Working In These Times
Former DOJ Inspector General Represents GOP NLRB Member Caught in Scandal
The 'revolving door' in action—and some see ethical breach
WASHINGTON, D.C.—As the Inspector General at the Department of Justice during the Bush administration, Glenn Fine received praise from many for investigating Attorney General Alberto Gonzales' firing of U.S. Attorneys for political reasons. Progressive blogger Marcy Wheeler, who covered the U.S. attorneys scandal, said that unlike other inspector generals during the Bush Administration, Fine was “effective."
Ironically, after uncovering the politicization of DOJ, Fine is now defending Terence Flynn, a man who allegedly politicized the National Labor Relations Board by passing confidential information to Republicans who have attacked the federal agency, which enforces labor law and mediate disputes between unions and employers.
Like many in Washington, Fine cashed out of a government post to work in the private sector—in his case, the corporate law firm Dechert. He was recently hired by Flynn, who faces charges of ethics violations leveled by the NLRB Inspector General for his role in passing information to Mitt Romney's labor policy adviser, Peter Schaumber. According to a transcript of an NLRB Inspector General interview with Flynn released last week, Fine was present as counsel and pressured NLRB Inspector General Dave Berry to drop his investigation, or give the report to Flynn before making it public.
Fine, though, may have a financial conflict of interest in representing Flynn. The law firm in which Fine is a partner, Dechert, represents employers in cases against unions in front of the NLRB. (A recent example was a case involving 70 SEIU members locked-out of a Brooklyn apartment complex by a property company.)
“In my opinion, I think what Fine is doing is unethical,” says University of Wyoming Law Professor Michael C. Duff, who served as board agent for the NLRB from 1997 to 2006. “But even if the rules are technically being complied with—and I'm not conceding they are—the perception is obviously terrible. "Furthermore, Professional Conduct rules strongly imply that lawyers should avoid even the appearance of impropriety...”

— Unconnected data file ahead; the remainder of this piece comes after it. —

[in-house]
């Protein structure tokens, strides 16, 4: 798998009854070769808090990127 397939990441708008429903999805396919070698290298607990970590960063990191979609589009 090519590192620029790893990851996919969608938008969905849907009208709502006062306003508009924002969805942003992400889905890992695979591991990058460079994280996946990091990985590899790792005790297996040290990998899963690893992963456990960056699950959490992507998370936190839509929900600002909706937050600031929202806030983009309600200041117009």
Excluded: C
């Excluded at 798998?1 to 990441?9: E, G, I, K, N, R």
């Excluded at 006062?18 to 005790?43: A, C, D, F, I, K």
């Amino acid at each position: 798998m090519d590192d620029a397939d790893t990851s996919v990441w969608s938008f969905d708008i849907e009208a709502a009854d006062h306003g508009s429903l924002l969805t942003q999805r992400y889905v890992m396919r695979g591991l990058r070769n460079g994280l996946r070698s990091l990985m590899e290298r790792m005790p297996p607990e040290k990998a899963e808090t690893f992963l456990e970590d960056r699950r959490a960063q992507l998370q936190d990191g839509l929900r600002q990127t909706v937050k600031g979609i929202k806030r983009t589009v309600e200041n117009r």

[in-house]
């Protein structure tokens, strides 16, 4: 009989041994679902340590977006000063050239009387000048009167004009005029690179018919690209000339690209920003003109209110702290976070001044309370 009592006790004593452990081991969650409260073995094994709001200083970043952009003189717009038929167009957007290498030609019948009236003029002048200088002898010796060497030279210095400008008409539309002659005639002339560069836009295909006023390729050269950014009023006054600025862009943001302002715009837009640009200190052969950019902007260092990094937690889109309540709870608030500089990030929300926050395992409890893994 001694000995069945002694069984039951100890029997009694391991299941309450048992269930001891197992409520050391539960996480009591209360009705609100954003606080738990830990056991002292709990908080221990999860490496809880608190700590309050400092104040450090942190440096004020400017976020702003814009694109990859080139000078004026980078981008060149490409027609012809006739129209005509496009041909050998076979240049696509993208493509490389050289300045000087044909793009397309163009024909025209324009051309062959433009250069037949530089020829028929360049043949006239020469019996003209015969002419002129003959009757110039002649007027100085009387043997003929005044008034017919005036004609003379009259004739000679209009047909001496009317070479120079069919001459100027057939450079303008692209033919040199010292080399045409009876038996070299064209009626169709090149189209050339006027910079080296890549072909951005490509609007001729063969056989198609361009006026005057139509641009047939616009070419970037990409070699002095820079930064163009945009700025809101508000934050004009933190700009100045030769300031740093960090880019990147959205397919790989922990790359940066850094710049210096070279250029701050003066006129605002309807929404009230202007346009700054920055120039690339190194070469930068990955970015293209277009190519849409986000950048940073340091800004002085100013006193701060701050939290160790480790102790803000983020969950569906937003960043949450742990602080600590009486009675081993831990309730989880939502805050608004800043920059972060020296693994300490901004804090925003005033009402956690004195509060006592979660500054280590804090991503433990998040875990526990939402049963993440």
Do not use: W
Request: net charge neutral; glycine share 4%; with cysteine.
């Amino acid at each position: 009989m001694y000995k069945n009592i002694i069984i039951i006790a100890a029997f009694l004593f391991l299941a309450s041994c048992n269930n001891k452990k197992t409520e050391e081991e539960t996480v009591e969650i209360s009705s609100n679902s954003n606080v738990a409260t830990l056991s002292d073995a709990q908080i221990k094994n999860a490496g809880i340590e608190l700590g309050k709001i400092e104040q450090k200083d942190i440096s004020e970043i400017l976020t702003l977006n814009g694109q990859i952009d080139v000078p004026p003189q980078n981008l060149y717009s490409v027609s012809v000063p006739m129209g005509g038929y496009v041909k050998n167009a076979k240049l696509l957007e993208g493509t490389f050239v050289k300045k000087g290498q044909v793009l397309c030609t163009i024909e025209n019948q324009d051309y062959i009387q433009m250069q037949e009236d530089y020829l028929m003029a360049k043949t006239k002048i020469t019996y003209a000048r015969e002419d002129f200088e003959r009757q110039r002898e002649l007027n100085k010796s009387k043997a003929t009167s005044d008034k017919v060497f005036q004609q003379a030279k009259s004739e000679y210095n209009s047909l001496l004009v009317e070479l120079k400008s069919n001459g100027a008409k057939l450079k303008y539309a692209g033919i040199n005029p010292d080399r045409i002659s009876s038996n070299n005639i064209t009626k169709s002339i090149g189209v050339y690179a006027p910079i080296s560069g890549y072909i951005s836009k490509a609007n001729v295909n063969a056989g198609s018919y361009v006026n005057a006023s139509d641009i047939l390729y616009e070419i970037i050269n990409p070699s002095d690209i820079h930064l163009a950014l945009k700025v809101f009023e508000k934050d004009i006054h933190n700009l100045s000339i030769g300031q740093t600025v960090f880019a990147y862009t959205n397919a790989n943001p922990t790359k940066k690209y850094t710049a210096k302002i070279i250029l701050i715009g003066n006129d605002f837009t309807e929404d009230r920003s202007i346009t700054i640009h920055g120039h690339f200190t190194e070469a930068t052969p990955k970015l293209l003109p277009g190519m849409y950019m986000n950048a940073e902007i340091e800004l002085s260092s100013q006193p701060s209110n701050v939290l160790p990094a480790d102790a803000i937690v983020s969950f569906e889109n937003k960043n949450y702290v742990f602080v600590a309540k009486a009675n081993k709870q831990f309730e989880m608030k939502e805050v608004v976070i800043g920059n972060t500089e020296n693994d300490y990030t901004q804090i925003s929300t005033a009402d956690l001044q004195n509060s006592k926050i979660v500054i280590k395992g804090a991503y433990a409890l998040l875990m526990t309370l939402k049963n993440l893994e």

Fine disagrees. "I don’t think that we do have a conflict of interest," Fine told In These Times. He declined to comment further.
Julius Getman, a University of Texas labor law professor, says Fine isn't doing anything unethical "per se." "I think as long as Flynn recuses himself from any cases involving Fine’s law firm, it’s okay,” Getman says.
Duff adds that whether or not Fine broke any rules by representing Flynn, he thinks there is something wrong with the fact that a public servant like Glenn Fine—who was DOJ inspector general for 10 years—would cash out to defend an NLRB member accused of politicizing NLRB judicial decisions.
“On less technical policy grounds, it seems increasingly hard to justify this kind of revolving door 'government to private sector at will' practice. It is usually said that if we restrict this practice, excellent people will be less likely to enter government practice for fear of being disqualified from later entering into more lucrative private practice, Duff says. "But given the number of excellent new lawyers currently unable to find employment, I have little doubt that we would find plenty of takers for government jobs...”